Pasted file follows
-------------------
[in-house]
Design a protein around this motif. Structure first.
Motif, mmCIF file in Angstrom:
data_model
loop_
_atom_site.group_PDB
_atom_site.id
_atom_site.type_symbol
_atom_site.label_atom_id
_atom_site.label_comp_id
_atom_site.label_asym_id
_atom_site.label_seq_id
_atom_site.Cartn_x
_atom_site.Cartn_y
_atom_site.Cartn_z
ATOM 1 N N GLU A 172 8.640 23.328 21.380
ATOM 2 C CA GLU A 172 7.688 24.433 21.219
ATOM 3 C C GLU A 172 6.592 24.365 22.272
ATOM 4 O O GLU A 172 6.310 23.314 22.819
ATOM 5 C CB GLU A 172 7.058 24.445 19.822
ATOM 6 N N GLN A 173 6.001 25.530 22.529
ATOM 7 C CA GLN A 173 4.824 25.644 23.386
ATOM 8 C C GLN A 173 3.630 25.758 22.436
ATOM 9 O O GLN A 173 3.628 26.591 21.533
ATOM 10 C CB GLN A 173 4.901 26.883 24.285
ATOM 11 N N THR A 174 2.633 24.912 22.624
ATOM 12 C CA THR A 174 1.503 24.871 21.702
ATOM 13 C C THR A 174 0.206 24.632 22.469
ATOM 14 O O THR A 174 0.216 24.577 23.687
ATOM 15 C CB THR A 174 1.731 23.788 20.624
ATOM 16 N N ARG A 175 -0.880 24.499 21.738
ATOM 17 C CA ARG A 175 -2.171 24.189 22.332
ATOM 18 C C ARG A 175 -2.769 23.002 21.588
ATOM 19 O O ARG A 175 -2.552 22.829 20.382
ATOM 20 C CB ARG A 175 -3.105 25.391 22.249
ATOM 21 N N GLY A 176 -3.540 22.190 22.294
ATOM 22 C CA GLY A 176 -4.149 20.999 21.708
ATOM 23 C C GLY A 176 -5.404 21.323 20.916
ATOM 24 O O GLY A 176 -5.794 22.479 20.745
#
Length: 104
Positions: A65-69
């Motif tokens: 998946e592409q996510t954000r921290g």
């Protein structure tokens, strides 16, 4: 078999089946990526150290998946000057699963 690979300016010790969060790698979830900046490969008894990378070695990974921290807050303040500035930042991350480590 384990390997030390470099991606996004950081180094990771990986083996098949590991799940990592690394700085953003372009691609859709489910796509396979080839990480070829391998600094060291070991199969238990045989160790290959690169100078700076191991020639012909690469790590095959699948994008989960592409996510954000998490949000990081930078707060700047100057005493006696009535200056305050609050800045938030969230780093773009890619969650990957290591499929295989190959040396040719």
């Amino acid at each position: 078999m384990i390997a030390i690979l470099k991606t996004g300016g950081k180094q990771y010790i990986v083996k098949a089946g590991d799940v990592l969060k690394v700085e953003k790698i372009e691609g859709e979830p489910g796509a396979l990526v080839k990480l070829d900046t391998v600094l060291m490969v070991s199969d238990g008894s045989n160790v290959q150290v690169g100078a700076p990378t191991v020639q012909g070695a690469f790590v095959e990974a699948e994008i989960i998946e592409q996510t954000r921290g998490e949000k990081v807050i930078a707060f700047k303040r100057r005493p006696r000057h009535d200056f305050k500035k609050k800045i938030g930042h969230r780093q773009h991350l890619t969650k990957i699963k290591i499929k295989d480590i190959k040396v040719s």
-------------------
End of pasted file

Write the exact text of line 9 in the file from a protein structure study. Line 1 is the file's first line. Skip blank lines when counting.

_atom_site.label_atom_id